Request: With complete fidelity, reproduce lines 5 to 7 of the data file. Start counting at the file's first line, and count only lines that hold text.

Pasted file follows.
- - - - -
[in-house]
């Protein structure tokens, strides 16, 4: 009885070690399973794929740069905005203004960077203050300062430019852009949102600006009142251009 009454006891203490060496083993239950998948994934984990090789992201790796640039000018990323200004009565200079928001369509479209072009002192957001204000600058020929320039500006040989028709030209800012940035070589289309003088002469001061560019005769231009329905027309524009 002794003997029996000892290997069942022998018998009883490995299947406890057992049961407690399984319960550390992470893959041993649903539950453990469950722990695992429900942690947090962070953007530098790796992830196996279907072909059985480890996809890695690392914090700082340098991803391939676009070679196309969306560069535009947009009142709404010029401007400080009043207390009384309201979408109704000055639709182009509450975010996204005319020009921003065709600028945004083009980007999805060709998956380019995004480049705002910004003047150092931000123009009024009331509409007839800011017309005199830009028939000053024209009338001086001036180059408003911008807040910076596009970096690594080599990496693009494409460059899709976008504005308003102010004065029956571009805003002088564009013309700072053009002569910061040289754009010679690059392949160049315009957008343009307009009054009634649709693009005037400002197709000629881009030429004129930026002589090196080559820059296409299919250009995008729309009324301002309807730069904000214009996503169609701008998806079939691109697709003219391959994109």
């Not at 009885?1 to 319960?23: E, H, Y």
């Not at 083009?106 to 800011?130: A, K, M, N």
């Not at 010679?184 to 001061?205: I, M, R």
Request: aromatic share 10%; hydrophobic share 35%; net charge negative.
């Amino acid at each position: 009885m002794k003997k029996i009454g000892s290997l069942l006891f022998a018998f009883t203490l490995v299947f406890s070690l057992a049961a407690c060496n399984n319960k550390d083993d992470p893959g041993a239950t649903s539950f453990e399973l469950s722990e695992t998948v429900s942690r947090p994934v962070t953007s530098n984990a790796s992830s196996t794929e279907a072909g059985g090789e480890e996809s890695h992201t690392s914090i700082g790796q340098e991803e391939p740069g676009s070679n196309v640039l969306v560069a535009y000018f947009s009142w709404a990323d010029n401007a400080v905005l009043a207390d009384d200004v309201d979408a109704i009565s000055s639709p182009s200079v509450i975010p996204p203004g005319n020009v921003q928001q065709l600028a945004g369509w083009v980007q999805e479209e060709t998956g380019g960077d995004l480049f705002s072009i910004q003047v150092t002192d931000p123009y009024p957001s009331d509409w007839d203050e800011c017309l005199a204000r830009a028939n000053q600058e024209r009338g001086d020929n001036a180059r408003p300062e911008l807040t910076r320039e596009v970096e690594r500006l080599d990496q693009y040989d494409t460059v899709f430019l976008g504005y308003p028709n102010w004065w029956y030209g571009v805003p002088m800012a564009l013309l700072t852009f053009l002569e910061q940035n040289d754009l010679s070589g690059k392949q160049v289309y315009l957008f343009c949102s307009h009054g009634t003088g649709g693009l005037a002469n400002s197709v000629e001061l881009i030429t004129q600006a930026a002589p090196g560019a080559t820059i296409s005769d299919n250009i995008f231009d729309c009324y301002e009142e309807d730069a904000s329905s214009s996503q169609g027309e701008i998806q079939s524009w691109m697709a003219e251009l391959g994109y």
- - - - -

């Not at 010679?184 to 001061?205: I, M, R």
Request: aromatic share 10%; hydrophobic share 35%; net charge negative.
């Amino acid at each position: 009885m002794k003997k029996i009454g000892s290997l069942l006891f022998a018998f009883t203490l490995v299947f406890s070690l057992a049961a407690c060496n399984n319960k550390d083993d992470p893959g041993a239950t649903s539950f453990e399973l469950s722990e695992t998948v429900s942690r947090p994934v962070t953007s530098n984990a790796s992830s196996t794929e279907a072909g059985g090789e480890e996809s890695h992201t690392s914090i700082g790796q340098e991803e391939p740069g676009s070679n196309v640039l969306v560069a535009y000018f947009s009142w709404a990323d010029n401007a400080v905005l009043a207390d009384d200004v309201d979408a109704i009565s000055s639709p182009s200079v509450i975010p996204p203004g005319n020009v921003q928001q065709l600028a945004g369509w083009v980007q999805e479209e060709t998956g380019g960077d995004l480049f705002s072009i910004q003047v150092t002192d931000p123009y009024p957001s009331d509409w007839d203050e800011c017309l005199a204000r830009a028939n000053q600058e024209r009338g001086d020929n001036a180059r408003p300062e911008l807040t910076r320039e596009v970096e690594r500006l080599d990496q693009y040989d494409t460059v899709f430019l976008g504005y308003p028709n102010w004065w029956y030209g571009v805003p002088m800012a564009l013309l700072t852009f053009l002569e910061q940035n040289d754009l010679s070589g690059k392949q160049v289309y315009l957008f343009c949102s307009h009054g009634t003088g649709g693009l005037a002469n400002s197709v000629e001061l881009i030429t004129q600006a930026a002589p090196g560019a080559t820059i296409s005769d299919n250009i995008f231009d729309c009324y301002e009142e309807d730069a904000s329905s214009s996503q169609g027309e701008i998806q079939s524009w691109m697709a003219e251009l391959g994109y």